December 2014 Bar Bulletin
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December 2014 Bar Bulletin

How To Talk Like an Employment Lawyer

By Karen Sutherland


Employment law, like most other practice areas, has its share of acronyms; if you learn them, you will be on your way to talking like a native speaker. The list of acronyms and descriptions below is not meant to be complete, but to give a general idea as to what an employment lawyer might be talking about.

ADA (Americans with Disabilities Act of 1990):1 The ADA prohibits discrimination against individuals with disabilities and requires reasonable accommodation of qualified individuals with disabilities. This law has three titles. Title I covers employers; Title II covers state and local governments; and Title III covers places of public accommodation (businesses, parks, etc.). There is some overlap in that an employer may also be a place of public accommodation, for example.

ADAAA (ADA Amendments Act of 2008):2 Congress was unhappy with the direction taken by the Supreme Court in interpreting the ADA, so it was amended to clarify the definition of "disability."

ADEA (Age Discrimination in Employment Act of 1967):3 The ADEA prohibits discrimination in employment against individuals who are over the age of 40.

DOL (U.S. Department of Labor):4 The DOL provides guidance on and enforces the FLSA, the FMLA and other laws whose acronyms are not included in this article.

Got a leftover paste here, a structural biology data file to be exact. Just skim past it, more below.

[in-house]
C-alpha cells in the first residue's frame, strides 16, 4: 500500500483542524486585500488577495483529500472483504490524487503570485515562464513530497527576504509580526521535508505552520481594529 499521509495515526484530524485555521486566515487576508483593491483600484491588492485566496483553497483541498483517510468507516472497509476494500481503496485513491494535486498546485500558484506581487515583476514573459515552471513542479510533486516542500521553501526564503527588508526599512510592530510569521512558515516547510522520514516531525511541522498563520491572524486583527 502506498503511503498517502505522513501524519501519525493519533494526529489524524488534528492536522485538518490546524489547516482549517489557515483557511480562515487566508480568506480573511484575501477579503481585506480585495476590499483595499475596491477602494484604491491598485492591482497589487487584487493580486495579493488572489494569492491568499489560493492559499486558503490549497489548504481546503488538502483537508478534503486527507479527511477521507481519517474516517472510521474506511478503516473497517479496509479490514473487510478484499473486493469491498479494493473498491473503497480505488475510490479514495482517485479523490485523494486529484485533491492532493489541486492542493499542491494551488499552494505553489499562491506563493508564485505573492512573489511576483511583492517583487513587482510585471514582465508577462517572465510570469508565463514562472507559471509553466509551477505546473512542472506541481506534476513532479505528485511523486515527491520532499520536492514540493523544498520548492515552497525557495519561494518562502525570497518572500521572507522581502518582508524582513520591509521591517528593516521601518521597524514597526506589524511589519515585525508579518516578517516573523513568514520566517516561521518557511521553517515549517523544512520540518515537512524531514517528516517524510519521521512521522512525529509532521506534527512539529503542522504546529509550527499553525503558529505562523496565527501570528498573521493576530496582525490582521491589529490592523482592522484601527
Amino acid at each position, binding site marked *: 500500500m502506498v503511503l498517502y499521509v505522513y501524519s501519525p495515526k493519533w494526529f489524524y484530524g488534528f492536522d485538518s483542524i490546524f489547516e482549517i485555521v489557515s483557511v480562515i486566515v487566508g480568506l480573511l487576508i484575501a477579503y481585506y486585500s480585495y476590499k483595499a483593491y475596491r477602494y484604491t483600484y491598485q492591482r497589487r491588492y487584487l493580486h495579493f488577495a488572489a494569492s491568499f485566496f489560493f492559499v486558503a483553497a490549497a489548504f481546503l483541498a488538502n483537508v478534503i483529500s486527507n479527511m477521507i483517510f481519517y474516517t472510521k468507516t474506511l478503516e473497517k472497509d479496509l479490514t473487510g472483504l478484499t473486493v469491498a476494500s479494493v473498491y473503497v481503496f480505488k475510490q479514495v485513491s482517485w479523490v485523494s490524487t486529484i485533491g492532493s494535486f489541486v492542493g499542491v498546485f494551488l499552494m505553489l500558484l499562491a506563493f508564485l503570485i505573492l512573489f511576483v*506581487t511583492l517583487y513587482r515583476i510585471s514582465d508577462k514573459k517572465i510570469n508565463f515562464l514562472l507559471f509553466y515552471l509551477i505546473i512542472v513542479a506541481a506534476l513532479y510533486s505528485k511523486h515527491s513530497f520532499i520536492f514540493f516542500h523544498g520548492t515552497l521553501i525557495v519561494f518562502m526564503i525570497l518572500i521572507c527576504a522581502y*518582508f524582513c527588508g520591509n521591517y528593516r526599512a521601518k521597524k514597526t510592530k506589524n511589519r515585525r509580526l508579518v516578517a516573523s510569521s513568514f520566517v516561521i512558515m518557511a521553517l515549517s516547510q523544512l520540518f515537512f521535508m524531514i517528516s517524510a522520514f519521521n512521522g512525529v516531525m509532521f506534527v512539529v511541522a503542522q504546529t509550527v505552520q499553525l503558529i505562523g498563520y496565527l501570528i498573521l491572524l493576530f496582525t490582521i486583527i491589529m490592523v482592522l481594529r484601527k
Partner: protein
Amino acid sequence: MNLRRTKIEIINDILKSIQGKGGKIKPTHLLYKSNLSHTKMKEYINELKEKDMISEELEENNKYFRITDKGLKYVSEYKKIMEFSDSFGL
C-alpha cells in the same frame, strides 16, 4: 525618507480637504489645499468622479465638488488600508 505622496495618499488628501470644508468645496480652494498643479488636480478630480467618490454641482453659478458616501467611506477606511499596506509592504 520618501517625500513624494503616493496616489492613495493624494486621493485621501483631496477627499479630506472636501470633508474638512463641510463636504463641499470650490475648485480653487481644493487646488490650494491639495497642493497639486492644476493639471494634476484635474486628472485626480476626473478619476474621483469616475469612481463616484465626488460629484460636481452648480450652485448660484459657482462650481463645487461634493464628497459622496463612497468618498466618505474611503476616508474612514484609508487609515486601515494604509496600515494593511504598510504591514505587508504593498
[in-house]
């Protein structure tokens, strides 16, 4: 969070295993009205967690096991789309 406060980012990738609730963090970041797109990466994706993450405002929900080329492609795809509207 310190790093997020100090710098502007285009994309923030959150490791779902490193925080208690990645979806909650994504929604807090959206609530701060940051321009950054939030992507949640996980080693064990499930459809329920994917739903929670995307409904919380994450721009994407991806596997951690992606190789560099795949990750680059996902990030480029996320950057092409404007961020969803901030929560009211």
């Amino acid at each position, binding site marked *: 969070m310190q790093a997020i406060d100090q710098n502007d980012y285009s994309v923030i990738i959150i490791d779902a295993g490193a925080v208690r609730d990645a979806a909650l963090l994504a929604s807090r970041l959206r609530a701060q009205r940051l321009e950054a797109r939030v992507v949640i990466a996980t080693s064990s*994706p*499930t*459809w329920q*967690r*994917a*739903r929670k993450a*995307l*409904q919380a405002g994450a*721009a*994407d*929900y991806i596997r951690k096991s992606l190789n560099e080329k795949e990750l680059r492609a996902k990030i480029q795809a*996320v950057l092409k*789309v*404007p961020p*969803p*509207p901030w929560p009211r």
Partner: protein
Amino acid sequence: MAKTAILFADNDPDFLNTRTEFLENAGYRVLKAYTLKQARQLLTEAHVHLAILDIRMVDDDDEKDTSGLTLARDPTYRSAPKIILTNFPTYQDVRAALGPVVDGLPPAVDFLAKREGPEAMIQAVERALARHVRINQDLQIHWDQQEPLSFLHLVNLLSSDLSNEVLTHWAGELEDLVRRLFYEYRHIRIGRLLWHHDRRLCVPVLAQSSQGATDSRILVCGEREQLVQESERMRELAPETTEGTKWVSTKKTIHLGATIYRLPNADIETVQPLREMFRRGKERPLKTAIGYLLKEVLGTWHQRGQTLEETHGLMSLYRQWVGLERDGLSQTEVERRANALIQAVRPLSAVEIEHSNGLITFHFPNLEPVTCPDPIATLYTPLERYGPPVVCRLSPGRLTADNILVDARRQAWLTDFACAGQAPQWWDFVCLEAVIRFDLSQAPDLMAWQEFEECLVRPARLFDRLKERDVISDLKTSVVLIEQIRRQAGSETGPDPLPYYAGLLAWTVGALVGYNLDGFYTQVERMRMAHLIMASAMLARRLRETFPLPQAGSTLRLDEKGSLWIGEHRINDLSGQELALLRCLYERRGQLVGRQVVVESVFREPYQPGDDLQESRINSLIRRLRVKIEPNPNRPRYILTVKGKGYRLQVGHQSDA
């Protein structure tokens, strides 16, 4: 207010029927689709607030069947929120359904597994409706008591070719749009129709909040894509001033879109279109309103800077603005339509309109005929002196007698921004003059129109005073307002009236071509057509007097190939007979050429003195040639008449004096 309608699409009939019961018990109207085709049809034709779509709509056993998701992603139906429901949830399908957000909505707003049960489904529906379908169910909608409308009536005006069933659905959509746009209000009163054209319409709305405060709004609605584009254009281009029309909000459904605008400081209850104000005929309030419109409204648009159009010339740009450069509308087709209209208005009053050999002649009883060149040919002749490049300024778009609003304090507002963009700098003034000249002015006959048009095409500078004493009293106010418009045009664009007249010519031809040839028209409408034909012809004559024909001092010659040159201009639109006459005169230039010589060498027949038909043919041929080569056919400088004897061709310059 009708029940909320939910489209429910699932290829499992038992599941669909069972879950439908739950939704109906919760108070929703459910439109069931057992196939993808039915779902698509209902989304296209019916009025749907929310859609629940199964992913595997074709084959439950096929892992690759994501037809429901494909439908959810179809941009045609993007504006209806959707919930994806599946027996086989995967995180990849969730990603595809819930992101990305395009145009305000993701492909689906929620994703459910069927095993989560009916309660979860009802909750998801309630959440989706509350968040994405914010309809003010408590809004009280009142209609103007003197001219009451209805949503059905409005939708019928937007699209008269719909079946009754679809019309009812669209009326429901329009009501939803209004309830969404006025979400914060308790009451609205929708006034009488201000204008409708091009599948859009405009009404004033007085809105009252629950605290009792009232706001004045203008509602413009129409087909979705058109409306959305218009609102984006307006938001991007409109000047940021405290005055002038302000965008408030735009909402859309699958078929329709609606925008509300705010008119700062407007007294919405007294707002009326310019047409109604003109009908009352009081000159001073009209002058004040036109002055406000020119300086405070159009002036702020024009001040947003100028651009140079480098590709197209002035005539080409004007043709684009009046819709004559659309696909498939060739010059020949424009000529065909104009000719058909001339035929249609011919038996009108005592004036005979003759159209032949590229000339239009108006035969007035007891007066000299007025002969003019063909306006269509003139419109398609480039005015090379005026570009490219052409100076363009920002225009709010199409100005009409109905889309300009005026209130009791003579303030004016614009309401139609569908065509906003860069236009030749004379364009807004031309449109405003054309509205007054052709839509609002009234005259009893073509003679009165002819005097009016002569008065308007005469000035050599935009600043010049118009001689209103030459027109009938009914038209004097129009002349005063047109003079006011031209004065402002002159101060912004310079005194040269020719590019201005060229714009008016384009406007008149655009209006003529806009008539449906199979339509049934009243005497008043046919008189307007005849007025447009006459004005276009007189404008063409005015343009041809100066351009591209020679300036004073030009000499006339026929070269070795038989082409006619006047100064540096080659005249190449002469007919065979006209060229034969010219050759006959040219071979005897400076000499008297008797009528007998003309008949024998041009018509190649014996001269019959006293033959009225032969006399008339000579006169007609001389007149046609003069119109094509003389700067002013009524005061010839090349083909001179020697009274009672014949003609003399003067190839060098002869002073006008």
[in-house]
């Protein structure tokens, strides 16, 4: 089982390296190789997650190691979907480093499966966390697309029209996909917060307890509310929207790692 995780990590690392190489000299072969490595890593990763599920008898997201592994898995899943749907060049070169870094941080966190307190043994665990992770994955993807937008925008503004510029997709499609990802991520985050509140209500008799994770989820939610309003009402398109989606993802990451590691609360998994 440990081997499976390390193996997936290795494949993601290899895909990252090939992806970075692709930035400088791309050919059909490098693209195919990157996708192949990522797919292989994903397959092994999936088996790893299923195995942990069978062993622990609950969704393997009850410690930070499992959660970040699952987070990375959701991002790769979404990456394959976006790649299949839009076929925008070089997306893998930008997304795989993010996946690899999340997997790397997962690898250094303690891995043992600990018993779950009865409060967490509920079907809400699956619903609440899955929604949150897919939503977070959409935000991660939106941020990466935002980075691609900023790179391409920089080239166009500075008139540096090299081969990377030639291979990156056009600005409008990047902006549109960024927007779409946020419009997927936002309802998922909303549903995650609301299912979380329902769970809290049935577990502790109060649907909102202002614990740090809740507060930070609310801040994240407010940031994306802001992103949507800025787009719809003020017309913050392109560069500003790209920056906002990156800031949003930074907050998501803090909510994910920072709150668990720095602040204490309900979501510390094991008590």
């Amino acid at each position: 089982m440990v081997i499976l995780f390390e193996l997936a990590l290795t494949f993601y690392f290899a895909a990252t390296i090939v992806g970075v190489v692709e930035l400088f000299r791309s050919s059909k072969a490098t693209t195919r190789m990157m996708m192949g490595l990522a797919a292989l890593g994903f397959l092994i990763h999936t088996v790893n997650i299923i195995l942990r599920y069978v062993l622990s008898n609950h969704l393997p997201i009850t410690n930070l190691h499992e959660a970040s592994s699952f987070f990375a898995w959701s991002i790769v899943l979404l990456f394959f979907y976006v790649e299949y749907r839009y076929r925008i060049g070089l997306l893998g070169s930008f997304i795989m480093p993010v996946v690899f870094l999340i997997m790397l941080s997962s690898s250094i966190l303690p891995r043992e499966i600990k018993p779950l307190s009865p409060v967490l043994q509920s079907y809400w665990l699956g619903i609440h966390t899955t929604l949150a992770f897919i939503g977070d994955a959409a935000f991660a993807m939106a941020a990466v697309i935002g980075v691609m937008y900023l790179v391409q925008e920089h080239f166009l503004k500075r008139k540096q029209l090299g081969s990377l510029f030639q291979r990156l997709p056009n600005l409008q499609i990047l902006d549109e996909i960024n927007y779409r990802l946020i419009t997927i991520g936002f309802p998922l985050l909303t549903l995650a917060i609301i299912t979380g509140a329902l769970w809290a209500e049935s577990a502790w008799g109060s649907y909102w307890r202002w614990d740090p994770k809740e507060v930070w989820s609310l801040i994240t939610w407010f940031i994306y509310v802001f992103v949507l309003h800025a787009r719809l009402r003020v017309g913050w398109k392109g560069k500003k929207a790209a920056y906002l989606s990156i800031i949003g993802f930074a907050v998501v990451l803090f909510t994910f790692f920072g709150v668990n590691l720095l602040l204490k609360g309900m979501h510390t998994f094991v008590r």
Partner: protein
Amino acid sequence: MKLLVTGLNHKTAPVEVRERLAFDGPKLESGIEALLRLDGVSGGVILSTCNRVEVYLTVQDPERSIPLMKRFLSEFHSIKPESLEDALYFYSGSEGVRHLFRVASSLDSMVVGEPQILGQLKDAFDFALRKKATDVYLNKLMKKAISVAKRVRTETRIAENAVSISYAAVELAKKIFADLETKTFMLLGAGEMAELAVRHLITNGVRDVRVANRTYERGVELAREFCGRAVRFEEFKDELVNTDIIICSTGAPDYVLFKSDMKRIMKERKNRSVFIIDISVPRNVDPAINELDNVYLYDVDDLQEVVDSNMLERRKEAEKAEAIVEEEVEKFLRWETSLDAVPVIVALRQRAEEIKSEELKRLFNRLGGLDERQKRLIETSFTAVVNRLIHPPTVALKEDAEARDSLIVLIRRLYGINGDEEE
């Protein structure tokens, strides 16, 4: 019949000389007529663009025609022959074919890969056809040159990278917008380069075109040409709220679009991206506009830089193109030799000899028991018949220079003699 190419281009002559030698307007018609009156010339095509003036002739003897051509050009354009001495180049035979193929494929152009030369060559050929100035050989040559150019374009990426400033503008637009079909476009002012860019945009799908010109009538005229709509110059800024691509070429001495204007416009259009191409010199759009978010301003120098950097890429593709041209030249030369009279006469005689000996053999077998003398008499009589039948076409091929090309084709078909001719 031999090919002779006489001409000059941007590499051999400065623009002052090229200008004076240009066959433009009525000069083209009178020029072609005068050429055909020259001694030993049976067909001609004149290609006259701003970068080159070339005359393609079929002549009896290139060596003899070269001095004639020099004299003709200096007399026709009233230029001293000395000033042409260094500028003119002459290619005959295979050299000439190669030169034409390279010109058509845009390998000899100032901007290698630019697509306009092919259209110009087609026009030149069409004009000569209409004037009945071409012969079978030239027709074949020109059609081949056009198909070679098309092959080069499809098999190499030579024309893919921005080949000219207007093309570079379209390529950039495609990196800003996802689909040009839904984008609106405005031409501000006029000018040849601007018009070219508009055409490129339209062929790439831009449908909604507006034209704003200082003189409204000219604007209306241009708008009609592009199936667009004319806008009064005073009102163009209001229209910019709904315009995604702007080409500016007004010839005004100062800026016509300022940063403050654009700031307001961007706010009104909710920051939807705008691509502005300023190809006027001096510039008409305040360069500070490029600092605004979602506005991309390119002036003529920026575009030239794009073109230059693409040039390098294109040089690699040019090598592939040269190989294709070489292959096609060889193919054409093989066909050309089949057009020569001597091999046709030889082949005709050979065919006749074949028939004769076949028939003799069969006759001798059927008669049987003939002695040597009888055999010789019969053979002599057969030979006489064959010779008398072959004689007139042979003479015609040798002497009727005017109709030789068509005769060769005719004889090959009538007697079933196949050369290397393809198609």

DOSH (Washington State Department of Labor and Industries Division of Occupational Safety and Health):5 DOSH conducts investigations and engages in compliance activities relating to WISHA and other state industrial safety and health laws.

EEOC (U.S. Equal Employment Opportunity Commission): The EEOC "is responsible for enforcing federal laws that make it illegal to discriminate against a job applicant or an employee because of the person's race, color, religion, sex (including pregnancy), national origin, age (40 or older), disability or genetic information."6

ERISA (Employee Retirement Income Security Act of 1974, as amended):7 ERISA was designed to protect employee pensions and other employee benefits. It covers not only retirement benefits, but also other employee benefits such as group insurance and group severance packages. It preempts most state contract and tort laws, but it does not apply to governmental and public employers or churches.

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